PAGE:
The number of natural disasters has nearly doubled in the last three decades, with the cost of these events increasing substantially– from around $50 billion annually in the 1980’s to just under $200 billion a year in the last decade, with extreme weather events responsible for nearly three-fourths of these losses.
 
One reason is population growth, 95 percent of which is happening and will continue to happen in developing countries. Another is rapidly expanding cities. Growing stress on infrastructure, utilities, and housing will only exacerbate risks and undo decades of achievements in development and increase the burden on humanitarian efforts.

Racing to a Competitive Economy: China Pursues High GDP, Low-Carbon Growth

Xueman Wang's picture
Also available in: 中文

 Yang Aijun/World Bank

December 2009 does not seem so long ago. The UN climate conference in Copenhagen had just come to a disappointing end, and I headed home feeling depressed.  I returned to China for holiday and was surprised to see the widespread awareness of climate change and the collective sense of urgency for action. The concept of "low carbon" was discussed in all major and local newspapers. To my amazement, I even found an advertisement for a "low carbon" wedding. I finished my holiday and went back to Washington with optimism and hope: Despite the failings of Copenhagen, China, the biggest emitter in the world and the largest developing country, was going through a real transformational change. China clearly saw action on climate change as serving its own interest and as an opportunity to pursue a green growth model that decouples economic development from carbon emissions and resource dependence.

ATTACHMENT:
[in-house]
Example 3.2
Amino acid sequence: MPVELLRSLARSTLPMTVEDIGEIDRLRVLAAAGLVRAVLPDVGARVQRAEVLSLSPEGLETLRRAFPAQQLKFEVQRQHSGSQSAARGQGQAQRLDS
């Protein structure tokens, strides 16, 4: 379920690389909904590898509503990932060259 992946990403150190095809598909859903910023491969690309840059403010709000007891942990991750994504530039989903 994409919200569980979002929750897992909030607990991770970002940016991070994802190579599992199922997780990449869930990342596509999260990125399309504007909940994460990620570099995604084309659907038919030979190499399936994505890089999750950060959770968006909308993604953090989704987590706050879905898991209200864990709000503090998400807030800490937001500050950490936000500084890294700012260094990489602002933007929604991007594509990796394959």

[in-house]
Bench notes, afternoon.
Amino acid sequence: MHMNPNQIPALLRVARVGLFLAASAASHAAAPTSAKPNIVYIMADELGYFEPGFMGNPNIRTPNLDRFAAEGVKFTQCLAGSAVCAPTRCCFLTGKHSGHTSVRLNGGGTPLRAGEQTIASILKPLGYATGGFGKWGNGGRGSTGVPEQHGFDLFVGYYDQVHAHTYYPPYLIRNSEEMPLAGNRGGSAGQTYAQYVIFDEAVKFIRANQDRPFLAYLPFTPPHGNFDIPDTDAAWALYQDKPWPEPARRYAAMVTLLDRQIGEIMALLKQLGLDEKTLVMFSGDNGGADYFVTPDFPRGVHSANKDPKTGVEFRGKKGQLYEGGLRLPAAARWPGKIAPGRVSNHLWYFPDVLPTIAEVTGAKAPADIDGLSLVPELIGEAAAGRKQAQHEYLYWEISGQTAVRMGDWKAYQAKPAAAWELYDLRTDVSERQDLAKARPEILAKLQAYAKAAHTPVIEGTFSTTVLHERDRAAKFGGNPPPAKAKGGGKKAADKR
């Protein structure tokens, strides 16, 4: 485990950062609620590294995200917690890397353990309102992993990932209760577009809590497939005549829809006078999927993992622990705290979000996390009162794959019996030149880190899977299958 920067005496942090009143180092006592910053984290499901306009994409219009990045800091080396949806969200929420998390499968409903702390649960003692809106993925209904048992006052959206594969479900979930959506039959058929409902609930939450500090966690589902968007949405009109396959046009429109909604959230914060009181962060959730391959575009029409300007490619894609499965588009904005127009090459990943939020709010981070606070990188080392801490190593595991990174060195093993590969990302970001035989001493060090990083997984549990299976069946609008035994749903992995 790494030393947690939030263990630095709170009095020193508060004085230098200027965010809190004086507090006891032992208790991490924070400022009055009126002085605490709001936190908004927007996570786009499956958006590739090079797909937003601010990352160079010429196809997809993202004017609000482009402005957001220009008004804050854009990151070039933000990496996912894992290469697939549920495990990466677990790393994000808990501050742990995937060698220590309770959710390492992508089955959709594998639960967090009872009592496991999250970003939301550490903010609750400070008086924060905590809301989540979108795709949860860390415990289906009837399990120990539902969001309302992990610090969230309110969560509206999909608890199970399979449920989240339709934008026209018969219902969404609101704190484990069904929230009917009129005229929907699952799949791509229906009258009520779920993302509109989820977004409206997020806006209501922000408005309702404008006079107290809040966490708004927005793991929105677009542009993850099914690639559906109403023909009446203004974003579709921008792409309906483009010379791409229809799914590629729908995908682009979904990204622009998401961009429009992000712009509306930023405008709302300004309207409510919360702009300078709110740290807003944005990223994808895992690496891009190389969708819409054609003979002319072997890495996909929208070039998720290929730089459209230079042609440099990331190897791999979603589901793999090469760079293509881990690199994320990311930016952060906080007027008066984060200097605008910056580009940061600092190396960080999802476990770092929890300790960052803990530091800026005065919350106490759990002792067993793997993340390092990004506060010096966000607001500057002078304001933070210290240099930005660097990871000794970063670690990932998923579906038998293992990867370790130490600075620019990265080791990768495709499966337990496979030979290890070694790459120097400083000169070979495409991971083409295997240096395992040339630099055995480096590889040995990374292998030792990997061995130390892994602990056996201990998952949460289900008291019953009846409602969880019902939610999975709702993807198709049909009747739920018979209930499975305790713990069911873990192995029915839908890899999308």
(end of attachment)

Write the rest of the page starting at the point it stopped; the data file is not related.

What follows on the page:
In the past five years, the world has witnessed the emergence of China as a leader for tackling climate change.  A few weeks ago, colleagues at the World Bank Group heard an evidenced-based presentation by Vice Chairman Xie Zhenhua from the National Development Reform Commission (NDRC) of China, who showed what China had done in the past, is doing now, and plans to do in the future. He shared his candid assessment of the challenges, mistakes, and lessons learned from China's experience.